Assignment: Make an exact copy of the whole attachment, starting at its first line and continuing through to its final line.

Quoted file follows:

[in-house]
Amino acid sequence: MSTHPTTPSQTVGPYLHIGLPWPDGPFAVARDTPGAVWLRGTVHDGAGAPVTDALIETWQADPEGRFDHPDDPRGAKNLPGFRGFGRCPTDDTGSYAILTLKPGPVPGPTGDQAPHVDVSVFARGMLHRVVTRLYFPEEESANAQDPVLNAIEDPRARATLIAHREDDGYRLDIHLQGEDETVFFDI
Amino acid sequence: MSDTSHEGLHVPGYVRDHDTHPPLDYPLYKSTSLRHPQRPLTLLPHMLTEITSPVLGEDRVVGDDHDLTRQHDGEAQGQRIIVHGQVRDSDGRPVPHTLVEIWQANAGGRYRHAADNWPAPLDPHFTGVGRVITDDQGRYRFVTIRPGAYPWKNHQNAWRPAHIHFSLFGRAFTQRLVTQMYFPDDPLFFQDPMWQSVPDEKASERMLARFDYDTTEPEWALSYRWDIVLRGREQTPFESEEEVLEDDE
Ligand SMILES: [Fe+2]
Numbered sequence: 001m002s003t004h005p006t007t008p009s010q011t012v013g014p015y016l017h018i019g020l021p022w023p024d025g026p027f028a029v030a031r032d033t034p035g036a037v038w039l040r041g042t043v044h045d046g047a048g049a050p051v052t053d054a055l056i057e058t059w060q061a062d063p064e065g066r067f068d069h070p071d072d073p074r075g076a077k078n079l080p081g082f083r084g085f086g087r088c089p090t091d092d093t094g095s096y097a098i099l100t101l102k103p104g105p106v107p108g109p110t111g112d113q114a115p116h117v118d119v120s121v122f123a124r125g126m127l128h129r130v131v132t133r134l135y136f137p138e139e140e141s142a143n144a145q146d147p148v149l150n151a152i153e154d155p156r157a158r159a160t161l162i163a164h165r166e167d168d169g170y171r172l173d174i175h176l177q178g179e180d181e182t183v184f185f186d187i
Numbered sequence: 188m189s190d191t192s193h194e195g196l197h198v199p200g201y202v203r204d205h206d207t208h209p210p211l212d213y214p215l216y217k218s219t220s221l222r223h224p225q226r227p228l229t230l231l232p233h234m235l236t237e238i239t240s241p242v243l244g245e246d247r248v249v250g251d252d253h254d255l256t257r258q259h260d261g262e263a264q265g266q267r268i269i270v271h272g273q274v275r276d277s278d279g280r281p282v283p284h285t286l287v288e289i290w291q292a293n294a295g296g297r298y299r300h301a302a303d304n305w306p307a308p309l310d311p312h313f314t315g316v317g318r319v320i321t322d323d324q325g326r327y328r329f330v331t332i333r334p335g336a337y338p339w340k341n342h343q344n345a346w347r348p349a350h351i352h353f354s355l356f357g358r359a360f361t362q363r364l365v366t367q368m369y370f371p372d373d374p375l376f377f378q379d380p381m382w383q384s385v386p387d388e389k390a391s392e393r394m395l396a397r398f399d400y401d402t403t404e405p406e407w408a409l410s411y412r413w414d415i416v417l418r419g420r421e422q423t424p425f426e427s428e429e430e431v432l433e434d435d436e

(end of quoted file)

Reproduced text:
[in-house]
Amino acid sequence: MSTHPTTPSQTVGPYLHIGLPWPDGPFAVARDTPGAVWLRGTVHDGAGAPVTDALIETWQADPEGRFDHPDDPRGAKNLPGFRGFGRCPTDDTGSYAILTLKPGPVPGPTGDQAPHVDVSVFARGMLHRVVTRLYFPEEESANAQDPVLNAIEDPRARATLIAHREDDGYRLDIHLQGEDETVFFDI
Amino acid sequence: MSDTSHEGLHVPGYVRDHDTHPPLDYPLYKSTSLRHPQRPLTLLPHMLTEITSPVLGEDRVVGDDHDLTRQHDGEAQGQRIIVHGQVRDSDGRPVPHTLVEIWQANAGGRYRHAADNWPAPLDPHFTGVGRVITDDQGRYRFVTIRPGAYPWKNHQNAWRPAHIHFSLFGRAFTQRLVTQMYFPDDPLFFQDPMWQSVPDEKASERMLARFDYDTTEPEWALSYRWDIVLRGREQTPFESEEEVLEDDE
Ligand SMILES: [Fe+2]
Numbered sequence: 001m002s003t004h005p006t007t008p009s010q011t012v013g014p015y016l017h018i019g020l021p022w023p024d025g026p027f028a029v030a031r032d033t034p035g036a037v038w039l040r041g042t043v044h045d046g047a048g049a050p051v052t053d054a055l056i057e058t059w060q061a062d063p064e065g066r067f068d069h070p071d072d073p074r075g076a077k078n079l080p081g082f083r084g085f086g087r088c089p090t091d092d093t094g095s096y097a098i099l100t101l102k103p104g105p106v107p108g109p110t111g112d113q114a115p116h117v118d119v120s121v122f123a124r125g126m127l128h129r130v131v132t133r134l135y136f137p138e139e140e141s142a143n144a145q146d147p148v149l150n151a152i153e154d155p156r157a158r159a160t161l162i163a164h165r166e167d168d169g170y171r172l173d174i175h176l177q178g179e180d181e182t183v184f185f186d187i
Numbered sequence: 188m189s190d191t192s193h194e195g196l197h198v199p200g201y202v203r204d205h206d207t208h209p210p211l212d213y214p215l216y217k218s219t220s221l222r223h224p225q226r227p228l229t230l231l232p233h234m235l236t237e238i239t240s241p242v243l244g245e246d247r248v249v250g251d252d253h254d255l256t257r258q259h260d261g262e263a264q265g266q267r268i269i270v271h272g273q274v275r276d277s278d279g280r281p282v283p284h285t286l287v288e289i290w291q292a293n294a295g296g297r298y299r300h301a302a303d304n305w306p307a308p309l310d311p312h313f314t315g316v317g318r319v320i321t322d323d324q325g326r327y328r329f330v331t332i333r334p335g336a337y338p339w340k341n342h343q344n345a346w347r348p349a350h351i352h353f354s355l356f357g358r359a360f361t362q363r364l365v366t367q368m369y370f371p372d373d374p375l376f377f378q379d380p381m382w383q384s385v386p387d388e389k390a391s392e393r394m395l396a397r398f399d400y401d402t403t404e405p406e407w408a409l410s411y412r413w414d415i416v417l418r419g420r421e422q423t424p425f426e427s428e429e430e431v432l433e434d435d436e